The Bite is notably the most cinematic of the films, explicitly focusing on details in each scene — the expressions of the characters and the deliberation of their actions. The film looks at the juxtapositions faced between labourites and nature, the impact of biopolitics and human intervention. Pedro Neves Marques’ short is based in Sao Paulo, Brazil in a research centre of mosquitos, where scientists discuss the impact of the Zika virus and the need for a modified insect to be released that will sterilise the infected population. This then becomes blended with the relationship of a man, woman and transgender woman living out in Brazil during the epidemic under the political conservatism of their current president. The discussions are heavily weighted in the rejection of homosexuality within Brazil, and losing the rights of autonomy. The protagonist’s gender non-conformity feels accepted within their own home, but is obstructed by the contrasting dialogue of how the scientists intend to control species reproduction chemically. It is an exceptionally important narrative on how reactionary politics have an impact on societal progression and liberation, how humanity is evolving beyond traditional binary conventions. The hazy colour pallet of the Brazilian jungles, with the people living under nets in their natural habitat, is aesthetically liberating as the shots pan to the mosquito containment and handling of the infected bugs. This boldly explores the power of visual inferences in a society saturated by text-heavy news feeds — an urgent reminder of the real impact of political oppression over bodily autonomy.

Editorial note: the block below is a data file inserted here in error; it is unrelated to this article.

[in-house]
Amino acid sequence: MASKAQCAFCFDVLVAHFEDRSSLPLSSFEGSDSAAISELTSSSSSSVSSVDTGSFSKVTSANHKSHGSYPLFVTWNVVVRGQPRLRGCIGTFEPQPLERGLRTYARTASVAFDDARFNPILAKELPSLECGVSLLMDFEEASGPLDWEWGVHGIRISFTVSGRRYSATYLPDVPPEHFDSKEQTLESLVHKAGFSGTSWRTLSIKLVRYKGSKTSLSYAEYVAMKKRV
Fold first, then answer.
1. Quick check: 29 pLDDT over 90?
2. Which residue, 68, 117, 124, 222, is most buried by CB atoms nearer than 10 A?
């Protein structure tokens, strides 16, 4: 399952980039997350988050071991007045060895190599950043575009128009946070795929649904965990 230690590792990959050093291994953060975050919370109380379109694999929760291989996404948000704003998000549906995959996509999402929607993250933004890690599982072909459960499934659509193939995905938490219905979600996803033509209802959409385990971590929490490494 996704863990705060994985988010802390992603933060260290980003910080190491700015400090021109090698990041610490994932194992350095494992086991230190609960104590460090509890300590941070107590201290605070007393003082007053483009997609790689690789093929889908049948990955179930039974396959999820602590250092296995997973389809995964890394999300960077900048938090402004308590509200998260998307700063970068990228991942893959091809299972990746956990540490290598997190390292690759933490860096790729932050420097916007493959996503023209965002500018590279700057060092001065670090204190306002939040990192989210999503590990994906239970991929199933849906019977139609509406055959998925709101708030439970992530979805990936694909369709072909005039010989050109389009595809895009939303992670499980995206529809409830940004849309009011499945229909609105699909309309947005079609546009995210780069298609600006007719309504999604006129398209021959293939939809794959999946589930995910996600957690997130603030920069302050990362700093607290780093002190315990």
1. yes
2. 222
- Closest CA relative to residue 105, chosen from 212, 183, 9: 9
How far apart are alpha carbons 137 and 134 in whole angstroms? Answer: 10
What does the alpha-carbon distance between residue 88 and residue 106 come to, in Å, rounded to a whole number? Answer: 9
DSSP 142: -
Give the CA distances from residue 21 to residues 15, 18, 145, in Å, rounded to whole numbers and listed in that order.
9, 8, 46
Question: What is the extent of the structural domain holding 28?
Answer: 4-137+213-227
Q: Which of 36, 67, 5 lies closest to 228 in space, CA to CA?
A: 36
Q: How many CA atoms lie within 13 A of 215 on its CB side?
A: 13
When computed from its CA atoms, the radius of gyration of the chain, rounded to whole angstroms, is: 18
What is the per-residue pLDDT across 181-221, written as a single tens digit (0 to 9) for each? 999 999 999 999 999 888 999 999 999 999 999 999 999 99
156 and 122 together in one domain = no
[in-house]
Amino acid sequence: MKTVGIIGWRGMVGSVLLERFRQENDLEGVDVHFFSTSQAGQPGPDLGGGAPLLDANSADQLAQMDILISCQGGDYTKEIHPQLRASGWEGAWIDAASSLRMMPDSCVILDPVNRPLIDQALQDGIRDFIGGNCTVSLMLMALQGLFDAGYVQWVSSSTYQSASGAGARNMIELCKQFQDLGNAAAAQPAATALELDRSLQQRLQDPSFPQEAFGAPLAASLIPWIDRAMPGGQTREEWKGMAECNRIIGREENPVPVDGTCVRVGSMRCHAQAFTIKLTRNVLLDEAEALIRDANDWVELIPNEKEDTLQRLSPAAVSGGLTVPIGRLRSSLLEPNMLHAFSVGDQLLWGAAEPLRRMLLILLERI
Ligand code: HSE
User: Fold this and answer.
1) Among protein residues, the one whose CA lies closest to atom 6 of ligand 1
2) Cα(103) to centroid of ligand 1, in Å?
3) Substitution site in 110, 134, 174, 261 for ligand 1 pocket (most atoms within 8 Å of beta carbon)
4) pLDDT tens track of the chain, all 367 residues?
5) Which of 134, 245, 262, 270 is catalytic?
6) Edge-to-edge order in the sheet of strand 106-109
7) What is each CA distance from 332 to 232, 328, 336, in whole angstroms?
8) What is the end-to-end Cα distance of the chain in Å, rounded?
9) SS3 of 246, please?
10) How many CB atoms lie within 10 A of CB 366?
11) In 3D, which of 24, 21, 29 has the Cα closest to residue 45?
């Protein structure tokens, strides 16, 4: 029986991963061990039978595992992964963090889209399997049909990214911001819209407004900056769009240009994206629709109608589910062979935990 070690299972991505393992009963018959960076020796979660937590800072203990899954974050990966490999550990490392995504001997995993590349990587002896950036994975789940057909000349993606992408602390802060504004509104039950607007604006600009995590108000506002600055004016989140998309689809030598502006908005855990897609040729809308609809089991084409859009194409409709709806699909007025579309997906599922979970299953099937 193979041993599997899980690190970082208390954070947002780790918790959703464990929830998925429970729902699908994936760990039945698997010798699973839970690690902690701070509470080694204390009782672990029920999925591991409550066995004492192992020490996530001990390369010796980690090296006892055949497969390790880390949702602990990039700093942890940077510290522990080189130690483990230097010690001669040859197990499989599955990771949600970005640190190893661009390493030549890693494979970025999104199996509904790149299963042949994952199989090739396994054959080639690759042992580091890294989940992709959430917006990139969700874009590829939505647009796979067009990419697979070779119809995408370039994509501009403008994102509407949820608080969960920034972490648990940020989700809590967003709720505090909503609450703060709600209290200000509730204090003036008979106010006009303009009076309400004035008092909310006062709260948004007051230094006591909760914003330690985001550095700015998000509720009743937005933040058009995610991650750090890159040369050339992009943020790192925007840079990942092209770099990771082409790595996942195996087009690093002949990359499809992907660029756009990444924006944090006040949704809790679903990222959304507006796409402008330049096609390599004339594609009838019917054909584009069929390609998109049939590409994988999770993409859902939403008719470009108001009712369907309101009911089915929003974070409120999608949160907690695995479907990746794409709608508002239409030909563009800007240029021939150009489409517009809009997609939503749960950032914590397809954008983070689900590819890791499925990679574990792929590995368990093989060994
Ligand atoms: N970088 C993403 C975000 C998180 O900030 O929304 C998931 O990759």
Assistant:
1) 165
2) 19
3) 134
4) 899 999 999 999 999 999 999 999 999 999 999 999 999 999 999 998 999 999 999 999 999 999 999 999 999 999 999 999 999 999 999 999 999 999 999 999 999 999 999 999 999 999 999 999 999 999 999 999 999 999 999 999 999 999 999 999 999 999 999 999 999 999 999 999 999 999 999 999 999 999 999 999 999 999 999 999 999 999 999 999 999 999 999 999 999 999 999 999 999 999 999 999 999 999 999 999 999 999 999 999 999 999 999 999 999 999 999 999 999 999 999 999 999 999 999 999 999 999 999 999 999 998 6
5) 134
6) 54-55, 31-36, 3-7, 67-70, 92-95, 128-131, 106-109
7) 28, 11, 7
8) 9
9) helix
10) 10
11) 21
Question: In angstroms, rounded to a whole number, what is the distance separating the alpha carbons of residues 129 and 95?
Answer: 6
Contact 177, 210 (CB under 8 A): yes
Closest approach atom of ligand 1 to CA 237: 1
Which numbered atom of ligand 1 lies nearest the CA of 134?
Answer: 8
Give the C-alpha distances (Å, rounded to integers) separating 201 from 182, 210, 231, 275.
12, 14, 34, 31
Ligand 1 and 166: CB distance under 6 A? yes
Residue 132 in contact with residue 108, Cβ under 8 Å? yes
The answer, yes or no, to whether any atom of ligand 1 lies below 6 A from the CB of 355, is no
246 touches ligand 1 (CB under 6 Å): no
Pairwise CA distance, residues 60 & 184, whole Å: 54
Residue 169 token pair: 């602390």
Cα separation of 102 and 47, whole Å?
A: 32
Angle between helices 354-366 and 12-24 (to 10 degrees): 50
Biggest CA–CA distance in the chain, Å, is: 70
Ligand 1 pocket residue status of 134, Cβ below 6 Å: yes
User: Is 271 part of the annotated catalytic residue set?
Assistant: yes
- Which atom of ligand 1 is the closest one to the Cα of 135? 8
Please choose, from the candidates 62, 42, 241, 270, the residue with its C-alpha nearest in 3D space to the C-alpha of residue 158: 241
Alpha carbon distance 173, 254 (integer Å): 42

Cinematic juxtapositions are explored further within La Pute Arabe, directed by Drew Lint, which explores traditional and contemporary portrayals of masculinity, sexualisation and the impact of gay pornography in Paris. Writer Ashkan Sepahvand explores his own relations within France and the stereotypes associated with his Persian-American heritage. The capturing of urban sexualisation around Europe is not a new phenomenon, evidenced by citebeur pornography visible in the darkened corners of the subways and grainy images of walls coated in nude skin graffiti. This documented footage invites the viewer into the scene; a judgmental space of the sexual gaze. During the period of late 20th century footage, La Pute Arabe delves into the constructed image of Arabian men as hyper-sexualised individuals possessing traditional masculine characteristics, in a time when more effeminate male aesthetics of Parisian men were emerging. In addition, the short presents the differentiation of class perceptions around sex — natural and beautifying for those in the middle-class, but seen as more brutish and daring for others. Arguably, this demonstrates a reversal in a way, given the negative stemming from boys who feel the need to hide away to be “respected,” and those who find comfort in sexuality. This is not to suggest that there’s an entirely negative vibe from La Pute Arabe in terms of fearful male tropes within the LGBTQ+ scene, as there’s an open liberation that’s depicted and celebrated (which is also prominent within Dincel’s film). Yet what still underpins the short is the presentation of fear and otherness, as Arabian men try to find expression in their sexuality with politicised media still portraying them as terrorists and tagging on connotations of violence and fear.